You roll around on your Swiss ball like a grizzly with a back itch. You do crunches and work your obliques like a champ. So you must have good core stability, right? And core stability will reduce back pain and prevent injury, right?
Yes, no, maybe. Research on back pain, experts say, is spotty and the subject of debate.
Research suggests that, yes, exercises that target core muscles might reduce back pain and prevent future injury, but whether these exercises are substantially better than other structured exercise programs for chronic back pain has not been proved. And not all researchers agree on which components of the body’s core muscles are most crucial to preventing a back injury and reducing pain after suffering an injury.
A seminar on the role of core stability in reducing and preventing back pain attracted a full house last week at the American College of Sports Medicine’s Health and Fitness Summit and Exposition in Long Beach, Calif. Presenter Marjorie King, director of the graduate athletic training program at Plymouth State University, in Plymouth, N.H., outlined the current state of the field: a need for more research and moderate support for the use of core stabilization exercises to decrease low-back pain and increase low-back function.
King thinks that some who practice core stability are missing at least part of the boat. “One of the biggest misconceptions people have about core stability is that by doing crunches, they’re getting at core stability,” she says.
Crunches address the trunk, or “global” muscles, which exercisers more commonly work. But to really target core stability, she says, exercisers need to attend to the often-ignored spinal, or “local” muscles.
Local muscles include the little intersegmental muscles, the multifidi, that run along the vertebrae. These muscles don’t move a lot but are thought to play a role in keeping the spine stable during movement.
Other musculature involved in local stabilization include pelvic floor muscles and the transversus abdominis muscle, the deepest of the abdominal muscles. This muscle is horizontal in design, King says, and functions like a corset, stabilizing the spine.
Core stability training “is the standard of care, it’s what people do, in my field anyway,” says Dr. Christopher Standaert, a physiatrist (a physician specializing in physical medicine and rehabilitation) and clinical associate professor of rehabilitation medicine at the University of Washington in Seattle. But, he adds, “There’s never even been a uniform agreement on the definition.”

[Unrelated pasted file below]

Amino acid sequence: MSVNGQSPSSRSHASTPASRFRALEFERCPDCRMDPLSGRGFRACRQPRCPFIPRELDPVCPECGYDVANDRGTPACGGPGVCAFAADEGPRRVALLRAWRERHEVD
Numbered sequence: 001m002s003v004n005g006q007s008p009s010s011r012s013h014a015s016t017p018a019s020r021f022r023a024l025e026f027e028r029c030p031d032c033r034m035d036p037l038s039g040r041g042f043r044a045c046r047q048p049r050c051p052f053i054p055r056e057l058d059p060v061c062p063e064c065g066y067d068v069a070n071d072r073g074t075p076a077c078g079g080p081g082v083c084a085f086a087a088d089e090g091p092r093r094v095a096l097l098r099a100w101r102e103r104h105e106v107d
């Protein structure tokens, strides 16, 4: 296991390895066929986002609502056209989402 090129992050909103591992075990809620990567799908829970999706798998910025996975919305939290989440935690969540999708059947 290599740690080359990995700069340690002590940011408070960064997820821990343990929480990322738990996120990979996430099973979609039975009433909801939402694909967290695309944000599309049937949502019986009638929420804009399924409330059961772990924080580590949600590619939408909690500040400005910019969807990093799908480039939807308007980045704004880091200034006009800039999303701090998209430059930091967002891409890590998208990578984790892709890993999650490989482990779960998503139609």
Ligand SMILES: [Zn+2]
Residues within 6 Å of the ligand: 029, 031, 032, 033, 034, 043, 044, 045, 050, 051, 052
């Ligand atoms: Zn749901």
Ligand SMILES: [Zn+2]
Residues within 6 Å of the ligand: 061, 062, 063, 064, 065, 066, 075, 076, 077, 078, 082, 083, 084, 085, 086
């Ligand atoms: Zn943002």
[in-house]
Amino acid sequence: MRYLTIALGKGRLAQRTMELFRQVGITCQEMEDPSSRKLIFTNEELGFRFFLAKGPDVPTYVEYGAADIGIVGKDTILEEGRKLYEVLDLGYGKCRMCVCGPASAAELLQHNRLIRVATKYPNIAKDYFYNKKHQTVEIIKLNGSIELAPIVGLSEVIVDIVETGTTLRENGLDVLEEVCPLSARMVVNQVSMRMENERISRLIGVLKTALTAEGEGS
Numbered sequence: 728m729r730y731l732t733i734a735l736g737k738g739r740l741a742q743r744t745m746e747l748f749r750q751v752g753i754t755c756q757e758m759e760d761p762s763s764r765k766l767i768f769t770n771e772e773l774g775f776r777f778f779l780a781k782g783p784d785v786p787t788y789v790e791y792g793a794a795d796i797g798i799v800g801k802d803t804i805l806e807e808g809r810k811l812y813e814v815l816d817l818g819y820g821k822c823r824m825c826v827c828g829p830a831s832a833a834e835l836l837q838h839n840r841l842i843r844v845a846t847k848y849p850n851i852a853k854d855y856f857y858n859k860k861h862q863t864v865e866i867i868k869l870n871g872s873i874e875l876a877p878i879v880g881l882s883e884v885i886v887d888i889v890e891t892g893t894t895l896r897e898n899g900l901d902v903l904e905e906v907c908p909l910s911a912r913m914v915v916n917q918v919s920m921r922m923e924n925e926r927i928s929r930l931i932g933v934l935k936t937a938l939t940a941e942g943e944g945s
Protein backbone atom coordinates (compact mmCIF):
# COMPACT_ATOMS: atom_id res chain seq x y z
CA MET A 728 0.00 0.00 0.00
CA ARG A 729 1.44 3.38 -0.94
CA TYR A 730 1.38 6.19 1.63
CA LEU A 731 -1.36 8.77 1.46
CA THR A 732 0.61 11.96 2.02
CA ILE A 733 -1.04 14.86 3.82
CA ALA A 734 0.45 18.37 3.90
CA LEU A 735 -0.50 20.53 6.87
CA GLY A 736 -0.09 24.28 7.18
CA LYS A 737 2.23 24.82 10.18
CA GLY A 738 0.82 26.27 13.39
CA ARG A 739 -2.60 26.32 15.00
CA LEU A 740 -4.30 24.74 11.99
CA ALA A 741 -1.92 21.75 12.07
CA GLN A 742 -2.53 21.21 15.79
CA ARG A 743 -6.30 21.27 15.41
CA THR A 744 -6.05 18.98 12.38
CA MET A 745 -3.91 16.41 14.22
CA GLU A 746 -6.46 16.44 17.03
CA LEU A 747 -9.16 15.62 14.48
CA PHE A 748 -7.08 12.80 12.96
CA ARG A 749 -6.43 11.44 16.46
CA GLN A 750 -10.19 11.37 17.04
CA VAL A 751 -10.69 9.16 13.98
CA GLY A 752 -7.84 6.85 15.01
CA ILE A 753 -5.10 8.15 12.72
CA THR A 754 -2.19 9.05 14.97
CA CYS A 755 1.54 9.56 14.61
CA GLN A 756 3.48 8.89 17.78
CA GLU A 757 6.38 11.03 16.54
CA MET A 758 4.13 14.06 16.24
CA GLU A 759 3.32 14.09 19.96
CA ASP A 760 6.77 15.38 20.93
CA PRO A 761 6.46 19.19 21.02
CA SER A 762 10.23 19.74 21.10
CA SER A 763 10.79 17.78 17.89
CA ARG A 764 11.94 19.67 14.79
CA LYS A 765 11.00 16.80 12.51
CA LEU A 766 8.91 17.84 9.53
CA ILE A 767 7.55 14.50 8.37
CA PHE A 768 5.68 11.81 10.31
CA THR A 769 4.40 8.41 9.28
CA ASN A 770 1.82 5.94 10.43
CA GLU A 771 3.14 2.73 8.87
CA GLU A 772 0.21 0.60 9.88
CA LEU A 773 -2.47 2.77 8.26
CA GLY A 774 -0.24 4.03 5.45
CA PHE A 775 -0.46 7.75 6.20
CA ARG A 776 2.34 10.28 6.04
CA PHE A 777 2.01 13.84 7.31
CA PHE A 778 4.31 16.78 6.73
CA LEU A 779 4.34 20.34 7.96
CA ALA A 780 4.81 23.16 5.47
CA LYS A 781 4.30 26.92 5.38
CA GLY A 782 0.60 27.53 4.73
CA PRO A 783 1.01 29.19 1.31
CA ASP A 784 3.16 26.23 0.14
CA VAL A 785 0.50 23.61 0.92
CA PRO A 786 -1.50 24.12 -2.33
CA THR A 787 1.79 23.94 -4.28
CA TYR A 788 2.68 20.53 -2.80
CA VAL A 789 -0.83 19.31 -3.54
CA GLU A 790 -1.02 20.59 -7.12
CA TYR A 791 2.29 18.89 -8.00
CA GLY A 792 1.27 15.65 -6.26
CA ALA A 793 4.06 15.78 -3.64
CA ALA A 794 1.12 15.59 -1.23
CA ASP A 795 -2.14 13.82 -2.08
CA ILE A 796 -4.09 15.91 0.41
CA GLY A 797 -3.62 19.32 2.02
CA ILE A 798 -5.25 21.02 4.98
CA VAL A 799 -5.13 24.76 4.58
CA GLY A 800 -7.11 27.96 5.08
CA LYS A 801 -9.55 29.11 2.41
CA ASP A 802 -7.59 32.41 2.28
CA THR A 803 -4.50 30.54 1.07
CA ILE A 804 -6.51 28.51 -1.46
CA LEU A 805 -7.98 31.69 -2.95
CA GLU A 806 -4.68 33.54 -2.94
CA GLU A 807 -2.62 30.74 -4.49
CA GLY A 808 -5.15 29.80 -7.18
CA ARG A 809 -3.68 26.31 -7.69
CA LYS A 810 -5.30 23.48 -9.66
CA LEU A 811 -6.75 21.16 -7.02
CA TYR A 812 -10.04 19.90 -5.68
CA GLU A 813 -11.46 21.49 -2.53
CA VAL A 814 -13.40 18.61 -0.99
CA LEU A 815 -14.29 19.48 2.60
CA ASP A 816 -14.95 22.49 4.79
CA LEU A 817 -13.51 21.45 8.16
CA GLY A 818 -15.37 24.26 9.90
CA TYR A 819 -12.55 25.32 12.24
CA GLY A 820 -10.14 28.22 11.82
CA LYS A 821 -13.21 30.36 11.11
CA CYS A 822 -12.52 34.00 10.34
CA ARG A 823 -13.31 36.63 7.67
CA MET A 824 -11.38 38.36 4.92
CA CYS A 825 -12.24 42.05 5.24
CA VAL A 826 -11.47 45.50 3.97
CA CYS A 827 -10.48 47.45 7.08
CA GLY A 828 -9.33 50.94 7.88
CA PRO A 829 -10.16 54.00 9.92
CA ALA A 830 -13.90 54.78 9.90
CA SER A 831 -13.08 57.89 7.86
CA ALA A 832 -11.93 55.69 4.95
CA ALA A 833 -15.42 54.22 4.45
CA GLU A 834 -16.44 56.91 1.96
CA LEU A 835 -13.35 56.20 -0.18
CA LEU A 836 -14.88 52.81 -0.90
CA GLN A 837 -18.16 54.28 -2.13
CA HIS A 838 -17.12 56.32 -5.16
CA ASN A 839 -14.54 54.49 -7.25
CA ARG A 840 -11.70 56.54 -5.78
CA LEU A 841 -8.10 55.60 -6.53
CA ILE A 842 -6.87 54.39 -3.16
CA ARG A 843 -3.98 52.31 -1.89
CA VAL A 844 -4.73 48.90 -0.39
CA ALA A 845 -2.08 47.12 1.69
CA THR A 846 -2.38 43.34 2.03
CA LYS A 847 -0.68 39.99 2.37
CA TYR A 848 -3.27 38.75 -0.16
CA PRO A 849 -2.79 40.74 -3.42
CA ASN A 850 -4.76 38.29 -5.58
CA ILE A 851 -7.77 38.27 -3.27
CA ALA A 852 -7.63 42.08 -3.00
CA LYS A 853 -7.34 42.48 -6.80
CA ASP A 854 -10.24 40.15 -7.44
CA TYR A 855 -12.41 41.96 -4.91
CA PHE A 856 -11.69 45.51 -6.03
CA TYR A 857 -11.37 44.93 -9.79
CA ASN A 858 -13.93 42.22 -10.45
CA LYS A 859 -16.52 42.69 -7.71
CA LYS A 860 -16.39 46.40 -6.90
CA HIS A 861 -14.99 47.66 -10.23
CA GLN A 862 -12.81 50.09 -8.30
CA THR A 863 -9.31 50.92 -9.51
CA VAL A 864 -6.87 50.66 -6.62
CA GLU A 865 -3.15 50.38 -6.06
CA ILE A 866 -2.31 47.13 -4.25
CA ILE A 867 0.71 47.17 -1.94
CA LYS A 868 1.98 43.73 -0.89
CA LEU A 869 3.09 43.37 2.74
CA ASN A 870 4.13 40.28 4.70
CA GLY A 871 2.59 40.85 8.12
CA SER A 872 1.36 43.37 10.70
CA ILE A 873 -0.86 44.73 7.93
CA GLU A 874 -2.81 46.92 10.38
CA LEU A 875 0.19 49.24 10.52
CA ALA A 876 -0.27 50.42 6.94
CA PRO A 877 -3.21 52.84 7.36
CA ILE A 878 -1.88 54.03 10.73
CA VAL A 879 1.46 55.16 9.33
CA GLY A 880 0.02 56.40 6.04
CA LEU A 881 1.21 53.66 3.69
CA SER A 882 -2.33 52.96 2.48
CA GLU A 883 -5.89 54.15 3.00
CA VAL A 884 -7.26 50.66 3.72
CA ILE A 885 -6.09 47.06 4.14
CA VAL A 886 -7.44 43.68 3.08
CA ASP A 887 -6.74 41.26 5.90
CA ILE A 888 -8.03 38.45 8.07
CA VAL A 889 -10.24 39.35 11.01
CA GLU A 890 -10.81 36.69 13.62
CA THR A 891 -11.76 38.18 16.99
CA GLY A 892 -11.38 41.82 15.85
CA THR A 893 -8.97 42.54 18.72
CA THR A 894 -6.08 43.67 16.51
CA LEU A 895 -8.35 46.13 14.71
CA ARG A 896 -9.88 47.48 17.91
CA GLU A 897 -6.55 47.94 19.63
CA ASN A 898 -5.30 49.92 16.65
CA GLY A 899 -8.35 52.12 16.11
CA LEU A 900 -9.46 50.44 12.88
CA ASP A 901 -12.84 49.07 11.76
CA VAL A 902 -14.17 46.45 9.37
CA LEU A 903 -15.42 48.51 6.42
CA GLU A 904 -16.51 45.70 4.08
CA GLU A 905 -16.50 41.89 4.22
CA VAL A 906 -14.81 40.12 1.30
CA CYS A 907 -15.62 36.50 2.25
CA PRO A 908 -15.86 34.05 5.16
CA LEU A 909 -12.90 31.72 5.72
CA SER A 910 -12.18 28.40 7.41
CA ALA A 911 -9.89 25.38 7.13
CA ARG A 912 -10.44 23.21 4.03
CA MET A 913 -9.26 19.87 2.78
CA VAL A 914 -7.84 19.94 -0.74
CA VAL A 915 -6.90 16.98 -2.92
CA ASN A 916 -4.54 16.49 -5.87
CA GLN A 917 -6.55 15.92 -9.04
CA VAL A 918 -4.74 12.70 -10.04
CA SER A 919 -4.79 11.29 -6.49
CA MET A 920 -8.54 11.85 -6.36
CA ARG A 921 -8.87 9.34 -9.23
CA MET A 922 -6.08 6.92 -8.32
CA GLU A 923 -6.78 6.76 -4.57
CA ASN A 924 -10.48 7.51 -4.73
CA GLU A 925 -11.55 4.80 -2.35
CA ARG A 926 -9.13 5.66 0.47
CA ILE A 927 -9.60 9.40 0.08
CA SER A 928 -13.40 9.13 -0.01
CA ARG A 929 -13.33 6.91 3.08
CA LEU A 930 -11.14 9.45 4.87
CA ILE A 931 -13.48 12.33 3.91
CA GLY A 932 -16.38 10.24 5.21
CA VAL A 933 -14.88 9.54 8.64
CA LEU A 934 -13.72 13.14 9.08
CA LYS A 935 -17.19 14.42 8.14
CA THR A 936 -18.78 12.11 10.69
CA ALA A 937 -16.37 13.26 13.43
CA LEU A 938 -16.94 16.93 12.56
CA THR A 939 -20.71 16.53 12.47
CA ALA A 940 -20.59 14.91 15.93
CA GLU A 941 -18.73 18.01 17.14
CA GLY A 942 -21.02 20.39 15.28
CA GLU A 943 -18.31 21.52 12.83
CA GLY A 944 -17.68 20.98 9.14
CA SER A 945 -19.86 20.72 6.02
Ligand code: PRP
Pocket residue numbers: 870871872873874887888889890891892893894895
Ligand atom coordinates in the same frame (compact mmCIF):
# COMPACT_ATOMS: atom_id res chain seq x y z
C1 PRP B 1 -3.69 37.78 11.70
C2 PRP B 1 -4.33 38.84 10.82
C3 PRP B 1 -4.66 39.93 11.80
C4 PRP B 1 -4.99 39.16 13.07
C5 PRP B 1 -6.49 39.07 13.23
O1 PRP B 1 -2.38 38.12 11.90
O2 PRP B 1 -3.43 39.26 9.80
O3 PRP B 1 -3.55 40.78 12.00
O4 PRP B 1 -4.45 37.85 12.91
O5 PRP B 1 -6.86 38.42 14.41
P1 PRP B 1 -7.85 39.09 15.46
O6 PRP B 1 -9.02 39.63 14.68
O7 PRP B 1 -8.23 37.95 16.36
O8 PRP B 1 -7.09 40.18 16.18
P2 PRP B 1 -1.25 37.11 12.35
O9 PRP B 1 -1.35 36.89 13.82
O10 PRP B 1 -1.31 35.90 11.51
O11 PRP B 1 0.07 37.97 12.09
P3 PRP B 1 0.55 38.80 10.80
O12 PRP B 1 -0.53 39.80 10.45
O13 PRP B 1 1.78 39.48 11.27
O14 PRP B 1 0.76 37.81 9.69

Among those who think — based on their clinical experience — that core training works, there are two schools of thought on exactly how it works. Some think, as King does, that local muscles such as the multifidi and the transverse abdominis are critically important.
But, Standaert says, “there are other people who ... think it’s more about training movement patterns and broader motions and coordination of multiple muscles through your trunk to help your spine move more effectively. ... So it’s about the whole system.”
In fact, Standaert adds, whether one is talking about local or global core stabilization, the rush to embrace core training has moved ahead of the science. “People need to know that the scientific clinical foundation, the research, doesn’t match the extent of emphasis that trainers and therapists and all sorts of people put on it,” he says.
As back experts continue their debates and research, those who want to prevent or deal with their back pain need solutions now.
Those with persistent, chronic back pain should see a physician and get a proper diagnosis, says Dr. Robert S. Bray Jr., a neurological spinal surgeon and founding director of D.I.S.C. Spine and Sports Center in suburban Los Angeles. A sports-medicine physician or physiatrist is a good place to start.
In addition, anyone who is doing exercises to reduce back pain should do so with guidance from an exercise or back-care professional, such as a physical therapist, chiropractor or certified athletic trainer.
Regardless of the state of the science, working the core’s local stabilizers won’t hurt and probably will help, King says. The best way to stabilize the spine, she says, is to stand up straight (stomach in while still breathing, equal weight on both feet, feet straight ahead, glutes flexed, pulling up through the pelvic floor) and sit up straight (stomach in, both feet on the ground, again, pulling up through the pelvic floor).
“Any time you sit or stand, in the line at the grocery store, stuck in traffic, brushing your teeth” is an opportunity to correct your posture, she says. “You don’t necessarily need a huge difference; you just need a bit of a difference.”